- Lenoir County Public Schools
Students put spirit of giving into practice
When the staff at Spring Arbor, the assisted living facility in Kinston, launch their annual canned food drive, they know where to find helpers – Lenoir County’s public schools.
This year’s drive collected more than 10,800 cans of food to stock the shelves of Mary’s Kitchen and to help feed the local homeless and indigent population. Thousands of those cans were donated as the result of drives organized by student organizations at nine LCPS schools, according to Andrew Mozingo of Spring Arbor.
“It was fantastic,” Mozingo said. “The schools were the biggest part of our success this year.”
The canned food campaign, which concluded earlier this month, was just one of numerous ways student-led groups like FFA, DECA, National Honor Society and student governments groups practiced the altruism that’s a hallmark of the holiday season. Many of these acts of kindness were performed anonymously, a few by individual students who saw a need and acted on it, and others – like the Spring Arbor campaign – with a host of helpers and a high degree of organization.
This year, Spring Arbor set a goal of 10,000 cans – an increase of 2,000 from last year – and ended up collecting almost three-quarters of all the food donated to charities through facilities in four states owned by HHHunt, Spring Arbor’s parent company. For every can donated to Spring Arbor, HHHunt donated a dollar to Mary’s Kitchen.
Four LCPS schools – South Lenoir High, Woodington Middle, Southeast Elementary and North Lenoir High – accounted for more than 2,000 donated cans. Also contributing were Pink Hill Elementary, Northwest Elementary, Kinston High, Contentnea-Savannah K-8 School and Early College High School. Early College students also donated their time to help shelve the canned good at Mary’s Kitchen.
A few other acts of kindness performed by LCPS students as Christmas approached included:
-- The second annual “Boxes of Cheer” campaign organized by the cheer squad at E.B. Frink Middle School. Cheerleaders collected enough items to provide more than 40 boxes to students at schools that feed into Frink. Each box was personalized with the child’s favorite color, toy, book and superhero.
“Our ultimate goal is to bring a smile and a little hope to a family during the holiday season,” LaPorscha Gardner, teacher and cheer squad coach, said. “FMS cheerleaders and I would like to thank our parents, community, local businesses, feeder schools and guidance counselors for helping make this service project a success for these young ladies. I pray that it’s an act of kindness that they will always remember being a part of.”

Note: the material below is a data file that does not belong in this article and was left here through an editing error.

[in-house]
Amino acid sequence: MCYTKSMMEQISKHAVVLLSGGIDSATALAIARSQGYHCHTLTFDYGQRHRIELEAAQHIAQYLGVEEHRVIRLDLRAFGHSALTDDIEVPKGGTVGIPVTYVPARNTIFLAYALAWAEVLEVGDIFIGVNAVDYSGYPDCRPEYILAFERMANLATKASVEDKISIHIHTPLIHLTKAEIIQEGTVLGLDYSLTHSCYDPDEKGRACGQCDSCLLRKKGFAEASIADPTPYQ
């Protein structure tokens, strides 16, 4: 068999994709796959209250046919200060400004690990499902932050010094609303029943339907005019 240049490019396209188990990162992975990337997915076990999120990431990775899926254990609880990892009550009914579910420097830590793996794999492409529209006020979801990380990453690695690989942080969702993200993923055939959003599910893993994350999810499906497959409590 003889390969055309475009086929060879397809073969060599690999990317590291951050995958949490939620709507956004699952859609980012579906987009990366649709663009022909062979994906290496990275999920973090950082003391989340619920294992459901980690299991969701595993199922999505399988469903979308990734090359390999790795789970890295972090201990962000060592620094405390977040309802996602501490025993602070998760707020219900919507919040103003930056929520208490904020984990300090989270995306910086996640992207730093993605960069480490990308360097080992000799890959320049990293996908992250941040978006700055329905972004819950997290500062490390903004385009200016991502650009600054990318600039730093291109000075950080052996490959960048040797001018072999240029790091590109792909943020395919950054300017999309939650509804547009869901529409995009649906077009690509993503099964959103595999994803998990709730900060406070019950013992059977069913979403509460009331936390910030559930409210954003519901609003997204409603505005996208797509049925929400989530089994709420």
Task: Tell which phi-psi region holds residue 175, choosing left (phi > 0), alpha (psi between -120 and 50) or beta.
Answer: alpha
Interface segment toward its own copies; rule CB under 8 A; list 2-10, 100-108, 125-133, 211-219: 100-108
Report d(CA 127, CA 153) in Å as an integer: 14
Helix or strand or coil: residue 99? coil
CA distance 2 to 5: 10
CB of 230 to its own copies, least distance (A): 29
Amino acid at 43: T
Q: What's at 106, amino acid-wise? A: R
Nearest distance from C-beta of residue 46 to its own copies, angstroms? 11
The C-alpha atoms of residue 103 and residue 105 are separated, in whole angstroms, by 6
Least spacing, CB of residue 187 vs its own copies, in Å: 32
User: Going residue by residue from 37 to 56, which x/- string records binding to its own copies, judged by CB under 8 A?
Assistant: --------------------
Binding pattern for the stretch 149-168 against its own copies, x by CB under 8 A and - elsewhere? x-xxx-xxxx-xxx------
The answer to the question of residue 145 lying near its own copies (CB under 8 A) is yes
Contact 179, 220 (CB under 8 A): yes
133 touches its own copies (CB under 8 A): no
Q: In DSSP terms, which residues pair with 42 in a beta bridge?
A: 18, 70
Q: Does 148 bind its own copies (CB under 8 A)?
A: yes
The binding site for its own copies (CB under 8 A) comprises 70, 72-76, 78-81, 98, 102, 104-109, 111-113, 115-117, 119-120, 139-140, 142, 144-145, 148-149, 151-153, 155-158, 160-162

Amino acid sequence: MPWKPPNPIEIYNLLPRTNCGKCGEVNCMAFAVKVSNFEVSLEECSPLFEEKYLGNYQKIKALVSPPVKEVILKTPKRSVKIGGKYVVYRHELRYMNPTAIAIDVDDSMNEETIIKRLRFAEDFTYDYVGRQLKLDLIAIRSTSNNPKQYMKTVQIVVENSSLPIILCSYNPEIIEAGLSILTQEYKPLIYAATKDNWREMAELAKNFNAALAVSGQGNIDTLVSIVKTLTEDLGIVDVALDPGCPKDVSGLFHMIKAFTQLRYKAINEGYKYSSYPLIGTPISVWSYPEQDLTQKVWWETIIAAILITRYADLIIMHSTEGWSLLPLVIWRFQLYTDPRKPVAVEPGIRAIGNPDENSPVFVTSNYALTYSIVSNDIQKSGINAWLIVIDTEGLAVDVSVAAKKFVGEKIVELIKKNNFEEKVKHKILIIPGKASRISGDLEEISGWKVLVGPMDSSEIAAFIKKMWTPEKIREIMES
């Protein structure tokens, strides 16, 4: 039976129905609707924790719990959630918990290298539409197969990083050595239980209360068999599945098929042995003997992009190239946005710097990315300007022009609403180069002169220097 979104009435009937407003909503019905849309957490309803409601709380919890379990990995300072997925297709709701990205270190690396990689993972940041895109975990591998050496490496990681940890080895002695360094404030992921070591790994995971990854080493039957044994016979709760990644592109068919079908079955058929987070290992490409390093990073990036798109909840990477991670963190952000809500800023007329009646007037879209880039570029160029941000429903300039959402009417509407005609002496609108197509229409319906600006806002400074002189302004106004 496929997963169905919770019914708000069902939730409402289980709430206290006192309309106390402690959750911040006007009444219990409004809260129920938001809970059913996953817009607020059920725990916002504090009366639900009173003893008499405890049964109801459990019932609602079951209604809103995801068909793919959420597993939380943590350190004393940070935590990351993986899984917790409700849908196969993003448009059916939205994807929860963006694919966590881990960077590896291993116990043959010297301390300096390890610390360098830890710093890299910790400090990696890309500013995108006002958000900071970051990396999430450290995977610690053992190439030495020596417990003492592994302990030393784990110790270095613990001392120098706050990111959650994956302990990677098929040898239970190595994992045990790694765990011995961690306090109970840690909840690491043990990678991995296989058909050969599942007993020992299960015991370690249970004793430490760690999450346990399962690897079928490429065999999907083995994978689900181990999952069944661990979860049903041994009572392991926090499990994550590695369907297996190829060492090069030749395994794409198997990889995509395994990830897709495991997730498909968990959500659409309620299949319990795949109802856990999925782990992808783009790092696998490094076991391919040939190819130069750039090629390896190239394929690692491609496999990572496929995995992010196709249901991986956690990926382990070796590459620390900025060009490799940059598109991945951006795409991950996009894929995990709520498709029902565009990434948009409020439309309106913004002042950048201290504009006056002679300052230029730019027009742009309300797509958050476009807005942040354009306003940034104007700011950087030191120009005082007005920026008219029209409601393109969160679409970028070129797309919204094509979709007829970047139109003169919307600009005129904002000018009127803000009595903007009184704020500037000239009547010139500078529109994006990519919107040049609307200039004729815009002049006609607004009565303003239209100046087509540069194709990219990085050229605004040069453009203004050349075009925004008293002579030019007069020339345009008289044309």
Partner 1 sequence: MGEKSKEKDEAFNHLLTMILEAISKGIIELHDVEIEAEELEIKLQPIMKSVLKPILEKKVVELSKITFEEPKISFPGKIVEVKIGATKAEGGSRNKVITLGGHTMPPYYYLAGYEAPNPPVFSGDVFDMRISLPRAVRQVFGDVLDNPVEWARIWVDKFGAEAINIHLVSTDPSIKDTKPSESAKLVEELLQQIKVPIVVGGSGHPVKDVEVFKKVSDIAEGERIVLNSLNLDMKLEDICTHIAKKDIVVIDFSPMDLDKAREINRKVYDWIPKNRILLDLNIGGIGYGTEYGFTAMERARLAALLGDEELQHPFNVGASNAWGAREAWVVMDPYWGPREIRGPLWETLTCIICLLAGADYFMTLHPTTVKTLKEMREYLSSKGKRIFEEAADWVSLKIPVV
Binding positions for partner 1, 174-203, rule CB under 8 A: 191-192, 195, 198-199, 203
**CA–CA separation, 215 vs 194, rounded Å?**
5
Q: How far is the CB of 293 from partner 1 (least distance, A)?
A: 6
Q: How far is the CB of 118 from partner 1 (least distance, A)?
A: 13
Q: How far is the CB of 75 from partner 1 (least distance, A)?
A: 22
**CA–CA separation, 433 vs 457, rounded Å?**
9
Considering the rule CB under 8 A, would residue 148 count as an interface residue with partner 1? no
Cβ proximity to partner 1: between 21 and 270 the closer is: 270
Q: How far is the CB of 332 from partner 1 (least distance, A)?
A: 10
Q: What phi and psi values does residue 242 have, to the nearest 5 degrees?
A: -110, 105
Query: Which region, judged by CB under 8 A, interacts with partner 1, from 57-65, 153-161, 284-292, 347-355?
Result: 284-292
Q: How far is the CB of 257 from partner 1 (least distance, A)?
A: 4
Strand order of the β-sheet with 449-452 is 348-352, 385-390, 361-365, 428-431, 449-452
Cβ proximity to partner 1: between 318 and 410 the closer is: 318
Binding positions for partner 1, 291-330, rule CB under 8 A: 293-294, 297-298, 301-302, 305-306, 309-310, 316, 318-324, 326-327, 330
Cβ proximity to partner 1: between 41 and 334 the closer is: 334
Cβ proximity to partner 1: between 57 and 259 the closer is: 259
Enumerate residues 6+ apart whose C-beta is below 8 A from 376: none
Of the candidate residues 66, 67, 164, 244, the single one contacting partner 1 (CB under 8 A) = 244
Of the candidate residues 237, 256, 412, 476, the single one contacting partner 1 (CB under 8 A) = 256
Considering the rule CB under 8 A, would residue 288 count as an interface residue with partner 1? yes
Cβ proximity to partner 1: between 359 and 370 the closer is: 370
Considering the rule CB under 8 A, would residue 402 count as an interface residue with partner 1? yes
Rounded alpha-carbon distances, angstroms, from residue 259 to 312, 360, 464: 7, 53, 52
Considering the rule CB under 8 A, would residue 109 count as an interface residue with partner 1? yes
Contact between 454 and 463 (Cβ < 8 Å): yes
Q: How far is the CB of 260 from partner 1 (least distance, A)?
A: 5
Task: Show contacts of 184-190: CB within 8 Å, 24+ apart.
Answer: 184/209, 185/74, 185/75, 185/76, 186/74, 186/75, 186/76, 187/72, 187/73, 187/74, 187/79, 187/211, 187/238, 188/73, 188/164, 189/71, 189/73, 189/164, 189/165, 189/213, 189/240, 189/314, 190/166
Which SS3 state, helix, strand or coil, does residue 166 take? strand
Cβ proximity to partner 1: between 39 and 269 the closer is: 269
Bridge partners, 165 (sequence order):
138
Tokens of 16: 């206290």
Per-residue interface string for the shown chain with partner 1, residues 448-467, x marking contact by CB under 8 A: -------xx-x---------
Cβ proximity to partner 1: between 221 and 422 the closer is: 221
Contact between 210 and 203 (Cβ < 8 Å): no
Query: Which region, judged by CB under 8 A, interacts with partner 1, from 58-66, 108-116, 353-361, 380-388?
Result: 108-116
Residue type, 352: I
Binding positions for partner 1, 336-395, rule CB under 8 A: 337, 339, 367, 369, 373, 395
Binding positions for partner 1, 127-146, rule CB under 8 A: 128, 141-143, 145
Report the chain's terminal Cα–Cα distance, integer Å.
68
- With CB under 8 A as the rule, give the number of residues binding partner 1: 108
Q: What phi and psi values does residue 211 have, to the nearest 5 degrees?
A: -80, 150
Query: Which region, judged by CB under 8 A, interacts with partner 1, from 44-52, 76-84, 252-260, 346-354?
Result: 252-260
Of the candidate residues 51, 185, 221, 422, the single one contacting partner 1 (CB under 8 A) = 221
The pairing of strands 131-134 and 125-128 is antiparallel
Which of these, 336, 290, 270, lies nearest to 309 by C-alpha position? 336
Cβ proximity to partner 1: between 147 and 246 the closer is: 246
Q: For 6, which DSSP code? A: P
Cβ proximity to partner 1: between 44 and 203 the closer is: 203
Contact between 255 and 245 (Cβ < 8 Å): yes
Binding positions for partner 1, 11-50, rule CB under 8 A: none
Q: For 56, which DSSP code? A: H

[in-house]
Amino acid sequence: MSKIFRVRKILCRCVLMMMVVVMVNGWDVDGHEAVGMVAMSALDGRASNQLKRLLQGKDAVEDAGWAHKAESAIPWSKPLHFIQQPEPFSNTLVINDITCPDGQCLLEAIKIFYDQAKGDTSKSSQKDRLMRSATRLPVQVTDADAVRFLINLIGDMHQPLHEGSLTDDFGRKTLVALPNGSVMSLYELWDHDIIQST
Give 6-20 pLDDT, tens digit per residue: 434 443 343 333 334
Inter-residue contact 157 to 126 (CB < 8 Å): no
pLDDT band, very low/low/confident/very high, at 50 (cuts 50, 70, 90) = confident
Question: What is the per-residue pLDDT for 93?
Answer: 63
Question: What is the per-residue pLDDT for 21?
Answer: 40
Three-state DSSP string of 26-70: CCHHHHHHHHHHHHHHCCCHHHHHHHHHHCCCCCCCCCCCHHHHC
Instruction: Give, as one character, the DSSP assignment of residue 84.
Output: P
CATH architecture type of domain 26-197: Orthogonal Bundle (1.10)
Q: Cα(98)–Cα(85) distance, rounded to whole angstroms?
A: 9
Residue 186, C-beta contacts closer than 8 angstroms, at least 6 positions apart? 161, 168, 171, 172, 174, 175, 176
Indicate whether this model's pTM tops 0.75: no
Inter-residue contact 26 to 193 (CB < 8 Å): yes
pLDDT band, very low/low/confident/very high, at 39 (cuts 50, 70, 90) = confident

-- The annual food drive held at La Grange Elementary School. Approximately 922 items were collected and donated to the First Missionary Church of La Grange. The church assists the school with the FLOK program, a weekend food program for students in need, and also opens a food pantry to community members in need. “Most importantly, students learn about community service and helping community members in need,” school counselor Elaine Yarbrough said.
-- South Lenoir High’s campaign to assist the NC Veterans Home in Kinston and collect food for the Neuse Federal’s Cans for Christmas Food Drive. The SCA collected books, lotions, blankets and other essentials for residents of the Veterans Home, getting an assist from the school cheer squad. FFA members led the canned food drive.
-- A Christmas dance at Contentnea-Savannah K-8 School hosted by the National Junior Honor Society, which raised money for the Lenoir County SPCA through ticket and concession sales. The FFA chapter at CSS also partnered with the Neuse Regional FFA chapter to collect canned goods for families in need in Lenoir County.
-- The Giving Tree campaign at Banks Elementary School. A holiday fixture for more than two decades, the Giving Tree collects food and supplies for Lenoir County’s homeless shelter. When a student brings in a donation, an ornament is placed on the Christmas tree in the school’s lobby. Teachers encourage parents to make a donation rather than purchase a “teacher’s gift” for Christmas.
Cheerleaders at E.B. Frink Middle School assemble ‘Boxes of Cheer’ for delivery for students at schools at feed into Frink who need help this Christmas. The campaign, which made gifts to more than 40 students this month, is in its second year.